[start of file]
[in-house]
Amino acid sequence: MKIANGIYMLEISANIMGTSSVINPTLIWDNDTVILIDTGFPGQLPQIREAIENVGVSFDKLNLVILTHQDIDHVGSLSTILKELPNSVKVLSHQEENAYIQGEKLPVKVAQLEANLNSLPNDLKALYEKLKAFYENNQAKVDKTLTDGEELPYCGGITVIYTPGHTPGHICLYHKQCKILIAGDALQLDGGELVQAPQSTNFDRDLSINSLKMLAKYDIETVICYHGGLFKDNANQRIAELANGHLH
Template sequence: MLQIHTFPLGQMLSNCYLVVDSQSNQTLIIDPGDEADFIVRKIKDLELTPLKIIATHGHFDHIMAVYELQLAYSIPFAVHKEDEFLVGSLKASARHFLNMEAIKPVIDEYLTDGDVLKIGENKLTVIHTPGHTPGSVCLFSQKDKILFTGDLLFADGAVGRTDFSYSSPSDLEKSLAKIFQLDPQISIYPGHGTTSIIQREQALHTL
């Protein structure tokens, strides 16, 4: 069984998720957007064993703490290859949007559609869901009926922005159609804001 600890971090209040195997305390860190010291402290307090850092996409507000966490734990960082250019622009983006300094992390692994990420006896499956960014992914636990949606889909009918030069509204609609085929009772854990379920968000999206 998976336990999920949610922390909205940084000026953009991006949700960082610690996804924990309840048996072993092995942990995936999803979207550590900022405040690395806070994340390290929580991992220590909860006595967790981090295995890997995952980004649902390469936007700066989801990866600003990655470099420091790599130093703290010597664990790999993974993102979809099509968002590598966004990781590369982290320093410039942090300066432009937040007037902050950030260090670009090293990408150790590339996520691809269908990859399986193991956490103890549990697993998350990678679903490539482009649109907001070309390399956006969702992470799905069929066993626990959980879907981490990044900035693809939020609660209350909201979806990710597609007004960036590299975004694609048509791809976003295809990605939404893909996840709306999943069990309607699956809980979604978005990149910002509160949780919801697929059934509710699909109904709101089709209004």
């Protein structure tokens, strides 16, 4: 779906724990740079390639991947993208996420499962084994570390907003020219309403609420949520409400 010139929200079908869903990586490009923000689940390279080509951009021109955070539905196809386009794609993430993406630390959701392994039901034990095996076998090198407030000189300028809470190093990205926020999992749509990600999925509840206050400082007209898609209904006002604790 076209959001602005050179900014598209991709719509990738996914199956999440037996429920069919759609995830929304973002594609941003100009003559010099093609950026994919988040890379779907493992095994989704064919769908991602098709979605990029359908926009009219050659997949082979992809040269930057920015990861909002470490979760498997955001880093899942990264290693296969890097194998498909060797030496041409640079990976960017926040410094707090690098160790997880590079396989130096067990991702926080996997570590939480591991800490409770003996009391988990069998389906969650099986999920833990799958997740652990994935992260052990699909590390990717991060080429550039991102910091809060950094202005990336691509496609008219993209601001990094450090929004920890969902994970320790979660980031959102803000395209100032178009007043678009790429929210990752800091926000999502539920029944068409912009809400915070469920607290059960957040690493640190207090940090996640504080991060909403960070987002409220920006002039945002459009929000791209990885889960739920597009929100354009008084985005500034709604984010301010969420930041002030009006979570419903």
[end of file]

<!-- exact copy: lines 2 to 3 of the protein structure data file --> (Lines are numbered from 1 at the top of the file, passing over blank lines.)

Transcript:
Amino acid sequence: MKIANGIYMLEISANIMGTSSVINPTLIWDNDTVILIDTGFPGQLPQIREAIENVGVSFDKLNLVILTHQDIDHVGSLSTILKELPNSVKVLSHQEENAYIQGEKLPVKVAQLEANLNSLPNDLKALYEKLKAFYENNQAKVDKTLTDGEELPYCGGITVIYTPGHTPGHICLYHKQCKILIAGDALQLDGGELVQAPQSTNFDRDLSINSLKMLAKYDIETVICYHGGLFKDNANQRIAELANGHLH
Template sequence: MLQIHTFPLGQMLSNCYLVVDSQSNQTLIIDPGDEADFIVRKIKDLELTPLKIIATHGHFDHIMAVYELQLAYSIPFAVHKEDEFLVGSLKASARHFLNMEAIKPVIDEYLTDGDVLKIGENKLTVIHTPGHTPGSVCLFSQKDKILFTGDLLFADGAVGRTDFSYSSPSDLEKSLAKIFQLDPQISIYPGHGTTSIIQREQALHTL